‘Betrayal’ – Carragher sickened by Liverpool role in European Super League plans

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The Football Faithful

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Jamie Carragher admits he has been sickened by Liverpool’s role in plans for a European Super League and says the proposals are a ‘betrayal’ to the club’s ‘heritage’.

Liverpool are amongst the leading names behind proposals for a breakaway competitions, with each of the Premier League’s ‘big six’ having agreed to the formation of a European Super League that threatens the existence of the Champions League and domestic competitions.

The plans – which have been officially announced in a joint-statement from the founding clubs – have been met with huge backlash and opposition, leading football authorities including the Premier League, FA and UEFA against the concept of a competition that will effectively served as a closed-shop for Europe’s wealthiest clubs.

Former Manchester United defender Gary Neville brandished the concept a ‘disgrace’ and called for heavy sanctions against those involved in a potential breakaway, blasting both his former side and Liverpool for their part in the proposals.

Speaking on Sky Sports, he said: “I’m disgusted with Manchester United and Liverpool the most. Liverpool, they pretend – ‘You’ll Never Walk Alone, the people’s club, the fans’ club’.

“Manchester United, 100 years, borne out of workers from around here, and they’re breaking away into a league without competition that they can’t be relegated from?

“It’s an absolute disgrace.”

Carragher has echoed the feelings of his Sky Sports colleague and says he has been sickened by Liverpool’s role in the plans, believing the owners of his former side have betrayed the Reds’ ‘heritage’ and describing the European Super League as ‘the antithesis of everything he understands football to stand for’.

“Liverpool’s game with Leeds on Monday night could not be better timed to expose the insanity of the closed-shop idea,” Carragher writes in the Telegraph. “It is a game with potentially massive ramifications for Champions League qualification, full of jeopardy, and hence drama.

“Millions will tune in for that reason, emotions running high whatever the result. The same anxious excitement will accompany all of Liverpool’s remaining seven games, which is why the broadcasters pay millions for them.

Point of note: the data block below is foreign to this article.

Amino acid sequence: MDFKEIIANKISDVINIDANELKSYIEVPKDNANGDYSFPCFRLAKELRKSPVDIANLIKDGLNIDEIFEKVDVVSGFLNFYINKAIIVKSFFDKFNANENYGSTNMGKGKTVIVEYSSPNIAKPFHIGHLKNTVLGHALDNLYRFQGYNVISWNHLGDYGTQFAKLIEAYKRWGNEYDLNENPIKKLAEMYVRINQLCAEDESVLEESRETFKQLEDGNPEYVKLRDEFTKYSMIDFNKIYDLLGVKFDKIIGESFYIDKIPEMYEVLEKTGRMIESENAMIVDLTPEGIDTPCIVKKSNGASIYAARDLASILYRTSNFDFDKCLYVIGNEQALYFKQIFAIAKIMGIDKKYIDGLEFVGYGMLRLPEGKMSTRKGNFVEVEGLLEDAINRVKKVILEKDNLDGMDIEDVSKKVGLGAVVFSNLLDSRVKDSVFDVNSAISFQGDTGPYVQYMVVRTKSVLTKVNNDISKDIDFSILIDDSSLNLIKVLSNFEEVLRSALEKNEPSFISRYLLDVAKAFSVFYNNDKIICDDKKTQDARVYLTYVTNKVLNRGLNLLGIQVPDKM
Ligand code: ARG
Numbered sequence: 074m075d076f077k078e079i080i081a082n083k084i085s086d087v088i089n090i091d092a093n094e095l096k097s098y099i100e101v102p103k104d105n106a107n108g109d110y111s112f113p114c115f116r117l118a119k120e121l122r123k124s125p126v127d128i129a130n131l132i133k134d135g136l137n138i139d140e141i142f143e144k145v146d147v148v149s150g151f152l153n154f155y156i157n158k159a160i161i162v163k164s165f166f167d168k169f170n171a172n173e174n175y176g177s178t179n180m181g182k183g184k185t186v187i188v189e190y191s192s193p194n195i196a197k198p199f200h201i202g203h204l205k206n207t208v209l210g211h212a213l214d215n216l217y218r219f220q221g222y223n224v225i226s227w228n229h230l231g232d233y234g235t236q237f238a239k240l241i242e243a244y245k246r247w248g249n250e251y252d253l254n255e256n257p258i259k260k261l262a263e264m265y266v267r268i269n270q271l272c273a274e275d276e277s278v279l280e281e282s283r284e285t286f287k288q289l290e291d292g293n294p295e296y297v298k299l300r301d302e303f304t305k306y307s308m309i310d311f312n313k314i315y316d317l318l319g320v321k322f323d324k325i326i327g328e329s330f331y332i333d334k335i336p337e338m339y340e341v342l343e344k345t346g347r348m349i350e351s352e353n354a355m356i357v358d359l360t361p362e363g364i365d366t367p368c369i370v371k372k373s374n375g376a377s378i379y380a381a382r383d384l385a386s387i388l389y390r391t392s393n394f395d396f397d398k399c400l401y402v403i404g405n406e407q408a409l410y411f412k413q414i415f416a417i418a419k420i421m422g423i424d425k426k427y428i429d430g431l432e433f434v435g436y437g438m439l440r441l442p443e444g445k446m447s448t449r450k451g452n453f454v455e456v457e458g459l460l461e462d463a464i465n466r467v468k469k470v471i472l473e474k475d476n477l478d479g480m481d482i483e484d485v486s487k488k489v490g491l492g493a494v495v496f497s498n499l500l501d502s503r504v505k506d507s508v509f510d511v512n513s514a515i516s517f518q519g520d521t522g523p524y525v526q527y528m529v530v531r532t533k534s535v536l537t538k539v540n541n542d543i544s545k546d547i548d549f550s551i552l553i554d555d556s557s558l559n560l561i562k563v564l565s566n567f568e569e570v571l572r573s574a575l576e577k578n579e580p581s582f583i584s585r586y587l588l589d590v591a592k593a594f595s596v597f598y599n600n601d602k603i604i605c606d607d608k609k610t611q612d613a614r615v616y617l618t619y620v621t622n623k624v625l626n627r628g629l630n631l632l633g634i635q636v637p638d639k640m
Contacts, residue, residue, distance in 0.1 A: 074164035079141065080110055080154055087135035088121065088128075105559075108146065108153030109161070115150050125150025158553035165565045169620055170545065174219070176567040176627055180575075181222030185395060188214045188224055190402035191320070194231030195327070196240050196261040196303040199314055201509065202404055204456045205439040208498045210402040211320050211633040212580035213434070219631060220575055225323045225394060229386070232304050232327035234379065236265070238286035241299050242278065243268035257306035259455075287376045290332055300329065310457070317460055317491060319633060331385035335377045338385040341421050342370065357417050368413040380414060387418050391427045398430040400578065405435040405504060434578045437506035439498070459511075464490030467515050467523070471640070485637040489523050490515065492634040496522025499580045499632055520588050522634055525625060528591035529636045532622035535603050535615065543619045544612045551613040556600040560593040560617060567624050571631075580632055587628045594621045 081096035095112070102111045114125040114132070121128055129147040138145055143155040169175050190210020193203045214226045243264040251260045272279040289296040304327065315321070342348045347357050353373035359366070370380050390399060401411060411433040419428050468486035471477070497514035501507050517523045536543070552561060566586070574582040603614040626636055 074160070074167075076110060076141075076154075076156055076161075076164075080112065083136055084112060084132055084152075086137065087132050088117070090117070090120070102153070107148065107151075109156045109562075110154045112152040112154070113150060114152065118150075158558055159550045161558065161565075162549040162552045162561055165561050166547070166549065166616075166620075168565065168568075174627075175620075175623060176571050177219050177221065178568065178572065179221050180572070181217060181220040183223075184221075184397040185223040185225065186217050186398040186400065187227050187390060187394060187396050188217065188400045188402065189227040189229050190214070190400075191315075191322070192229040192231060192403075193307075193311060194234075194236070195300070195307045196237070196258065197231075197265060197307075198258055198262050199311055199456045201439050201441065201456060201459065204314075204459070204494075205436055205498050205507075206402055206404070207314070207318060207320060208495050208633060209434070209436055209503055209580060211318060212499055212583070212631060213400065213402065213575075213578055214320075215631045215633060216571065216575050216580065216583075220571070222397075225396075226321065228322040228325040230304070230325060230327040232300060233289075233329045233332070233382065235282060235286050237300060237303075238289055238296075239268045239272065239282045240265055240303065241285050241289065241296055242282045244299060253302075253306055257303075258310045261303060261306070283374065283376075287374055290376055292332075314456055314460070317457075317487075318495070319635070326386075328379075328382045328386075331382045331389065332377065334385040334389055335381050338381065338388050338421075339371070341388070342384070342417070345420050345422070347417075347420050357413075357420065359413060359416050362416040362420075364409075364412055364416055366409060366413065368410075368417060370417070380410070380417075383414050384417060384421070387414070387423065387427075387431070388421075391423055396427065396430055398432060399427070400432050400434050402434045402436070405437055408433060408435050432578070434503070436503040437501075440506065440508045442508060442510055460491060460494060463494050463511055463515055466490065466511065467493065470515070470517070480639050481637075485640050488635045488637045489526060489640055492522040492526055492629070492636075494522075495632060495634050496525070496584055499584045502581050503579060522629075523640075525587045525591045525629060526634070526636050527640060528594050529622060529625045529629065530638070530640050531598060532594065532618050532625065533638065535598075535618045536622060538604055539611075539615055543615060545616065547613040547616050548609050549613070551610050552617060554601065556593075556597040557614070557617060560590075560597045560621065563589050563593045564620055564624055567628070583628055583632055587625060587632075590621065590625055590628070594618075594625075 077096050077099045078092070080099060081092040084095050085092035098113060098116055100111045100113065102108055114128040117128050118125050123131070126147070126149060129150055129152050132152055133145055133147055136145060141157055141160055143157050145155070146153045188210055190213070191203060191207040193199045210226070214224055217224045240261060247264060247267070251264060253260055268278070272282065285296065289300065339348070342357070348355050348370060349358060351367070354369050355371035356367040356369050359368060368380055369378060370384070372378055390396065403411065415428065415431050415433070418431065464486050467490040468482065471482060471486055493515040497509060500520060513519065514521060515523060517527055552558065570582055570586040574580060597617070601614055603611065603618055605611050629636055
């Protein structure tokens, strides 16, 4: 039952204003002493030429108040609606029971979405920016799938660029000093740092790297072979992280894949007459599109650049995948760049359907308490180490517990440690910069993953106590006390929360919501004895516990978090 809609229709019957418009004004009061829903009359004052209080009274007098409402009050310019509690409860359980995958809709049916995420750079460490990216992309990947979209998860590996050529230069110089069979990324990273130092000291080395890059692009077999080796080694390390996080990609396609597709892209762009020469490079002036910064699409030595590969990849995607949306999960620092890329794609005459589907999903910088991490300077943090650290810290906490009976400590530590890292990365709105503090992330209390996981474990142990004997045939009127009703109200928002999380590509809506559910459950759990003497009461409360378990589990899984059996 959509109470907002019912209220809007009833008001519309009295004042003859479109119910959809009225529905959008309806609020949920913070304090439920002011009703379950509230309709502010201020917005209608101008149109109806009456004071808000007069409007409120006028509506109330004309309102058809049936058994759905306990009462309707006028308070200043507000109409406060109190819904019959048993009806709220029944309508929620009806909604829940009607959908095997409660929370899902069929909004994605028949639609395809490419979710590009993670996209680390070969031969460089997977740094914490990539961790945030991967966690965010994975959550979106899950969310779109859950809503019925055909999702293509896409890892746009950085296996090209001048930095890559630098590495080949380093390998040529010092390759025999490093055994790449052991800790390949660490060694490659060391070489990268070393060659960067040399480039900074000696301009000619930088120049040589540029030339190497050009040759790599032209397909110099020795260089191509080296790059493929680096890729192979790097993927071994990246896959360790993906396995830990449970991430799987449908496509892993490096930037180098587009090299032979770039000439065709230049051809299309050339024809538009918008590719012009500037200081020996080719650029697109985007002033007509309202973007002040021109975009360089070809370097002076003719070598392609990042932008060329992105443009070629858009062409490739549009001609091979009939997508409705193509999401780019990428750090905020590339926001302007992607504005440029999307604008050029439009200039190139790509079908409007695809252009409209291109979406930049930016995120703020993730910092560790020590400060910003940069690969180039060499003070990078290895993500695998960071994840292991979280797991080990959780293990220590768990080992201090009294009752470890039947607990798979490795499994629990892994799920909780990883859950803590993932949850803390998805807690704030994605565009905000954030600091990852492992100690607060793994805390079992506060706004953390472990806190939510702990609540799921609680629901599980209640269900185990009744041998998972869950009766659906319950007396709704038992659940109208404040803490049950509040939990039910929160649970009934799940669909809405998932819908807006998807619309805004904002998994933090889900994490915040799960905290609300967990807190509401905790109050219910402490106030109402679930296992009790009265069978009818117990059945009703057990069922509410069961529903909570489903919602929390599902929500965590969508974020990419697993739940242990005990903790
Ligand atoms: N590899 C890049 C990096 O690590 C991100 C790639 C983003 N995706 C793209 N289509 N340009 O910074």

“That is the beauty of league football – where every action and point matters. That is why, as a former Liverpool player, it sickens me that my club’s reputation is being damaged by the arrogance of an ownership group that wants to remove such peril, creating a culture where we no longer need to fight to earn our success. That is the antithesis of everything I understand football – especially in my city – to stand for.

“To be tainted by association with the European super league is bad enough, but Liverpool’s apparent leading role in threatening football’s competitive ideals – the very ideals which allowed the club to emerge from England’s second division to become six-time European champions – is a betrayal of a heritage they are seeking to cash in on.”

Carragher discussed the impact financial greed has on the wealthiest clubs in world football, but believes the plans for a breakaway competition will struggle without the backing of supporters who have been left outraged by proposals for a competitions lacking little sporting merit.

“Football, at every level of the professional game, is about money. The notion of English football being a meritocracy at the summit has been a myth since the Premier League formed, with only Blackburn Rovers (bankrolled by Jack Walker) and Leicester City shocking the world. Only seven clubs have won the Premier League in 29 years.

“The actions of Liverpool and United, especially, are grounded on a grievance that for too long they have been denied the chance to make more of what they could earn, blocked from using their global popularity to maximise all revenue opportunities. But that can never justify efforts to destabilise the system without the backing of those they most need – the fans.

“Football executives always make the mistake of believing they are the most influential force in football. They swiftly realise that without the supporters, they are weak and powerless.”

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